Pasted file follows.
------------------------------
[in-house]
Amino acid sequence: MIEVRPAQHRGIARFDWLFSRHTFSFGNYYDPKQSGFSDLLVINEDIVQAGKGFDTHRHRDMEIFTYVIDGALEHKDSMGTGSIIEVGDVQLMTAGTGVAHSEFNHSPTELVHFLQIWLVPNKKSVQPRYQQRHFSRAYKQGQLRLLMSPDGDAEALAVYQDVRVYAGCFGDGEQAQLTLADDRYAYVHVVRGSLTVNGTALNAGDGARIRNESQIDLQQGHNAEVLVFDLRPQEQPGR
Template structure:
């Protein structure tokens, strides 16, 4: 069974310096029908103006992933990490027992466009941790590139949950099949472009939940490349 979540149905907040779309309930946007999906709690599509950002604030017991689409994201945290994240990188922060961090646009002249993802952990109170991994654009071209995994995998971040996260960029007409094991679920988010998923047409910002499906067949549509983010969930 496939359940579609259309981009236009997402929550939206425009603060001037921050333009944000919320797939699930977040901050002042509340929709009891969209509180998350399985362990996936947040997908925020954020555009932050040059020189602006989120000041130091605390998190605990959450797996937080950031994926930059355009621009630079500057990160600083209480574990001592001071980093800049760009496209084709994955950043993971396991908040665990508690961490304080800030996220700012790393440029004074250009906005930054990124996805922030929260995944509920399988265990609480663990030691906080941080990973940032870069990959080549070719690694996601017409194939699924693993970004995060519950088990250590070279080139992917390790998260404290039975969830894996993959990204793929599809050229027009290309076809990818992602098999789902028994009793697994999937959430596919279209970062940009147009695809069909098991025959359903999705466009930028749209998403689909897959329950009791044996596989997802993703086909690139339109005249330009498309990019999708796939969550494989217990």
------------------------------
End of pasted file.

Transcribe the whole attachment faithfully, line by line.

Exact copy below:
[in-house]
Amino acid sequence: MIEVRPAQHRGIARFDWLFSRHTFSFGNYYDPKQSGFSDLLVINEDIVQAGKGFDTHRHRDMEIFTYVIDGALEHKDSMGTGSIIEVGDVQLMTAGTGVAHSEFNHSPTELVHFLQIWLVPNKKSVQPRYQQRHFSRAYKQGQLRLLMSPDGDAEALAVYQDVRVYAGCFGDGEQAQLTLADDRYAYVHVVRGSLTVNGTALNAGDGARIRNESQIDLQQGHNAEVLVFDLRPQEQPGR
Template structure:
């Protein structure tokens, strides 16, 4: 069974310096029908103006992933990490027992466009941790590139949950099949472009939940490349 979540149905907040779309309930946007999906709690599509950002604030017991689409994201945290994240990188922060961090646009002249993802952990109170991994654009071209995994995998971040996260960029007409094991679920988010998923047409910002499906067949549509983010969930 496939359940579609259309981009236009997402929550939206425009603060001037921050333009944000919320797939699930977040901050002042509340929709009891969209509180998350399985362990996936947040997908925020954020555009932050040059020189602006989120000041130091605390998190605990959450797996937080950031994926930059355009621009630079500057990160600083209480574990001592001071980093800049760009496209084709994955950043993971396991908040665990508690961490304080800030996220700012790393440029004074250009906005930054990124996805922030929260995944509920399988265990609480663990030691906080941080990973940032870069990959080549070719690694996601017409194939699924693993970004995060519950088990250590070279080139992917390790998260404290039975969830894996993959990204793929599809050229027009290309076809990818992602098999789902028994009793697994999937959430596919279209970062940009147009695809069909098991025959359903999705466009930028749209998403689909897959329950009791044996596989997802993703086909690139339109005249330009498309990019999708796939969550494989217990």